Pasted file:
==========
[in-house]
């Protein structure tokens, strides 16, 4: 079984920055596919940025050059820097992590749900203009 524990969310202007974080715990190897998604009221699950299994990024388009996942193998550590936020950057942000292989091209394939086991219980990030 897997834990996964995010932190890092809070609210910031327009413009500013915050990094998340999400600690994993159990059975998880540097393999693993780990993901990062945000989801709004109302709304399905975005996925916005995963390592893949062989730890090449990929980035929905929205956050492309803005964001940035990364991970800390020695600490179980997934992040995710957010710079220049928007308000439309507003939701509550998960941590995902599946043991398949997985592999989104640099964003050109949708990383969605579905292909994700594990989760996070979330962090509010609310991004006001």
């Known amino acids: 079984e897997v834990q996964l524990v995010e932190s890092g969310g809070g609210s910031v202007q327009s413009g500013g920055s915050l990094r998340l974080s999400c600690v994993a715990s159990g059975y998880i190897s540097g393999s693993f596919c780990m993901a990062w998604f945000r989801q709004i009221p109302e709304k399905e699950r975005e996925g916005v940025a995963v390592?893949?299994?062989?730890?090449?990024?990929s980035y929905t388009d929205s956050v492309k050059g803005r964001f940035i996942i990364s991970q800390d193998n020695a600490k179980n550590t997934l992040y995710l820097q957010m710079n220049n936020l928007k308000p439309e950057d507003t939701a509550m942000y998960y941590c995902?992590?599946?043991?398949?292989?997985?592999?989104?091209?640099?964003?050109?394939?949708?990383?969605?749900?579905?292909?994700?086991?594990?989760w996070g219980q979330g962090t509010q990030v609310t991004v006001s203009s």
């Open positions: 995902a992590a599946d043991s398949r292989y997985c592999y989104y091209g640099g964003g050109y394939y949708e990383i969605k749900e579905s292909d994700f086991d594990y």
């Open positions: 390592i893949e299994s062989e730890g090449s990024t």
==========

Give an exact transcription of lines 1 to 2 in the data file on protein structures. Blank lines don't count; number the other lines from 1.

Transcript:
[in-house]
């Protein structure tokens, strides 16, 4: 079984920055596919940025050059820097992590749900203009 524990969310202007974080715990190897998604009221699950299994990024388009996942193998550590936020950057942000292989091209394939086991219980990030 897997834990996964995010932190890092809070609210910031327009413009500013915050990094998340999400600690994993159990059975998880540097393999693993780990993901990062945000989801709004109302709304399905975005996925916005995963390592893949062989730890090449990929980035929905929205956050492309803005964001940035990364991970800390020695600490179980997934992040995710957010710079220049928007308000439309507003939701509550998960941590995902599946043991398949997985592999989104640099964003050109949708990383969605579905292909994700594990989760996070979330962090509010609310991004006001």